The Remorseful Day

The problem with “cliff-hanging” Endeavour is that you know how your main character turns out. He’s not going to die, nor remain convicted in prison for the rest of his life.

The Remorseful Day is about as bleak an ending for a main character as I can recall. Pretty close to life-like. Morse is old, in poor health, abandoned by his late love. The shine is off for the brilliant detective, reconciled to bird watching for the remainder of his “miserable” life. Even Lewis knows more about birding than Morse, their roles reversed. And, how life-like, Morse dies and Lewis can’t even be there because his profession calls. Well done!

I’ve never been good at working crossword puzzles, my feeble attempt at appreciating Opera failed,  I don’t like the taste of beer, and I work alone (for the most part), daily, solving small problems.

I’ve recently enjoyed poring over many of the 360 degrees images of Oxford University college buildings via the Virtual Tour of Oxford.  Did I even know what Michaelmas or Open Admission was before that?  But I am impressed that there are tunnels used to port books between the various Bodleian libraries.

Still, I’ve reached a time in my life, “old age” and find myself watching stability leave my life with ever increasing speed.  Nothing really important has gone lately, but little things.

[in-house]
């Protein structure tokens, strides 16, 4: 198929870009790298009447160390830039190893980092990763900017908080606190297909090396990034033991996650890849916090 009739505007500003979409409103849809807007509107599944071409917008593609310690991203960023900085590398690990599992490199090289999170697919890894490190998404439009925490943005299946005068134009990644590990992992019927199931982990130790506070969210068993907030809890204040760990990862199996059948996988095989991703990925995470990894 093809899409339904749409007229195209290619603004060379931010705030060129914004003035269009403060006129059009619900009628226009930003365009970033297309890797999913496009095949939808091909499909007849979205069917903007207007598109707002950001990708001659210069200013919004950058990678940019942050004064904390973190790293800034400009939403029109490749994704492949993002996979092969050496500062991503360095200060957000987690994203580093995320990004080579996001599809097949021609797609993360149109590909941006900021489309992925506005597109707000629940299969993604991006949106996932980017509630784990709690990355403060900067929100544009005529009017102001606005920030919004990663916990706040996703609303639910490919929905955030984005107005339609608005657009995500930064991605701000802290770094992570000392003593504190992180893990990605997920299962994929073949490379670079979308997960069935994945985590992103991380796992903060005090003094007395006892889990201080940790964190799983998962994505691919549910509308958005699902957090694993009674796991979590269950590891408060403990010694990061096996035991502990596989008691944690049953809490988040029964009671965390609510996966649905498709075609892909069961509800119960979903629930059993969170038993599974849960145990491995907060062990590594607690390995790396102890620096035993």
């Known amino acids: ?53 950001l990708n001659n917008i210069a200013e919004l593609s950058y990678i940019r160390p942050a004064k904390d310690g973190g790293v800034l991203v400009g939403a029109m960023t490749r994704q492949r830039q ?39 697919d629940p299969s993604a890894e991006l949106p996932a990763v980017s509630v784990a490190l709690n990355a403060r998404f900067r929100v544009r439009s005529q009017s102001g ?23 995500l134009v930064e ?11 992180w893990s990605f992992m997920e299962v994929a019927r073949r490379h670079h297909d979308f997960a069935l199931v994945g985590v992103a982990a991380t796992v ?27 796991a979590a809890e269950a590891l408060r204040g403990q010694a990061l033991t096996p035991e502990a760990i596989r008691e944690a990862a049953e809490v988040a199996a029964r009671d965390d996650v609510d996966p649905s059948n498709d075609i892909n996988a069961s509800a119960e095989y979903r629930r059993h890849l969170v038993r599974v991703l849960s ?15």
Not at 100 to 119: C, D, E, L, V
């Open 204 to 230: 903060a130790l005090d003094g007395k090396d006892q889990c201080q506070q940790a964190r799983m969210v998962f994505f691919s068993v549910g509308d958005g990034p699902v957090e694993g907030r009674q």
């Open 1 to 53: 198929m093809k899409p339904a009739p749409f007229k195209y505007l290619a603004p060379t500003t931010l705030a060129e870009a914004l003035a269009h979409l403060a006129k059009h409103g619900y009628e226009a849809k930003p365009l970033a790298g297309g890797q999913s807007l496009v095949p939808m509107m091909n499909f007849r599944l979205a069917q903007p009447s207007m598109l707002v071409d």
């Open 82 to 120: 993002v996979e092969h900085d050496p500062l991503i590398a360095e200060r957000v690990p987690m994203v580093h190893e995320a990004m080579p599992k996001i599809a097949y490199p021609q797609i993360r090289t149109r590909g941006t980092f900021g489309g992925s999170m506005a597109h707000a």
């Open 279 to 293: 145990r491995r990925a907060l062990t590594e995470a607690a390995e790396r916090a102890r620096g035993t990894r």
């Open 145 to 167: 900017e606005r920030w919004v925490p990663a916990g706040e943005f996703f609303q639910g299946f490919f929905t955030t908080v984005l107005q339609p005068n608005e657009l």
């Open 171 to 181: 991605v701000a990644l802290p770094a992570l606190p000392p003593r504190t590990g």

I’ve lived in Fayetteville, North Carolina for almost twenty years.  I started work at Fayetteville State University on August 7th, 1995.  About six months ago, I passed by a Hardee’s fast-food restaurant, either going to or from work, and realized it had closed.  I saw a note on one door, from a distance.  Wondered what the note said, but never made a detour to read the note.  The building has remained empty.

20140713_091027One morning after breakfast, about three or four months ago, I got in my car and headed past Independence Mall.  As I looked opposite the Mall, I saw that the Golden Corral was gone.  Well, most of it was gone, and it had been there less than a week before.  I quickly made a right turn and came around into what had been the restaurant’s parking lot.  There was still wreckage of the building in heaps, and heavy equipment parked nearby.  I saw no sign of fire.  I took a couple of pictures and then left.

I found that plans were in the works to build a new Golden Corral on the same location.

Less than a week ago, as I was having lunch at another Golden Corral (across town), DeWayne, a long-time waiter there, told me that the current location 20141020_131644would be closing after the coming Sunday.  He and others were to be transferred over to the new location.  *I’m not sure if it is open, or will be opened before closing the current location.  Still two long-time restaurants that I have visited regularly for almost 20 years have/will disappear.